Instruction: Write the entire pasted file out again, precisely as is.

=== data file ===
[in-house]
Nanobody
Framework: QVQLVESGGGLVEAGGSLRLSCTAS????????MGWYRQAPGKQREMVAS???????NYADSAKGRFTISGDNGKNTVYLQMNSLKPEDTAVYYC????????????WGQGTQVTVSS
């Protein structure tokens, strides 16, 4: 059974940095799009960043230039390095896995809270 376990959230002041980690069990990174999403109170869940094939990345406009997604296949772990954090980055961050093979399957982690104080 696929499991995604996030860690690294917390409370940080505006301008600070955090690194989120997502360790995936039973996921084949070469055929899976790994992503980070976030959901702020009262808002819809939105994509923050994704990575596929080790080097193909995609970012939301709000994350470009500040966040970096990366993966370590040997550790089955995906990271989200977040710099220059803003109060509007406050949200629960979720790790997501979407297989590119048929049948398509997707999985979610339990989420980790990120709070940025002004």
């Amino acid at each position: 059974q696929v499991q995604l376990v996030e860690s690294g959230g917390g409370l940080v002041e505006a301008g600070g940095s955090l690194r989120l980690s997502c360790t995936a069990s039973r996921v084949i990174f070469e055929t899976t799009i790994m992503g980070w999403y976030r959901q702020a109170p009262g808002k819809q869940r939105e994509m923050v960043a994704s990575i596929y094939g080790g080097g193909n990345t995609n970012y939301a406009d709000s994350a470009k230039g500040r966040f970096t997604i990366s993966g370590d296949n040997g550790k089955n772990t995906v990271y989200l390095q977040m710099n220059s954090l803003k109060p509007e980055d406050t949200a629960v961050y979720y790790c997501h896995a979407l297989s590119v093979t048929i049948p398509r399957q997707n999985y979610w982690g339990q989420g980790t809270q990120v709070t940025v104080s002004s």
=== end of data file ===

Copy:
[in-house]
Nanobody
Framework: QVQLVESGGGLVEAGGSLRLSCTAS????????MGWYRQAPGKQREMVAS???????NYADSAKGRFTISGDNGKNTVYLQMNSLKPEDTAVYYC????????????WGQGTQVTVSS
């Protein structure tokens, strides 16, 4: 059974940095799009960043230039390095896995809270 376990959230002041980690069990990174999403109170869940094939990345406009997604296949772990954090980055961050093979399957982690104080 696929499991995604996030860690690294917390409370940080505006301008600070955090690194989120997502360790995936039973996921084949070469055929899976790994992503980070976030959901702020009262808002819809939105994509923050994704990575596929080790080097193909995609970012939301709000994350470009500040966040970096990366993966370590040997550790089955995906990271989200977040710099220059803003109060509007406050949200629960979720790790997501979407297989590119048929049948398509997707999985979610339990989420980790990120709070940025002004």
């Amino acid at each position: 059974q696929v499991q995604l376990v996030e860690s690294g959230g917390g409370l940080v002041e505006a301008g600070g940095s955090l690194r989120l980690s997502c360790t995936a069990s039973r996921v084949i990174f070469e055929t899976t799009i790994m992503g980070w999403y976030r959901q702020a109170p009262g808002k819809q869940r939105e994509m923050v960043a994704s990575i596929y094939g080790g080097g193909n990345t995609n970012y939301a406009d709000s994350a470009k230039g500040r966040f970096t997604i990366s993966g370590d296949n040997g550790k089955n772990t995906v990271y989200l390095q977040m710099n220059s954090l803003k109060p509007e980055d406050t949200a629960v961050y979720y790790c997501h896995a979407l297989s590119v093979t048929i049948p398509r399957q997707n999985y979610w982690g339990q989420g980790t809270q990120v709070t940025v104080s002004s």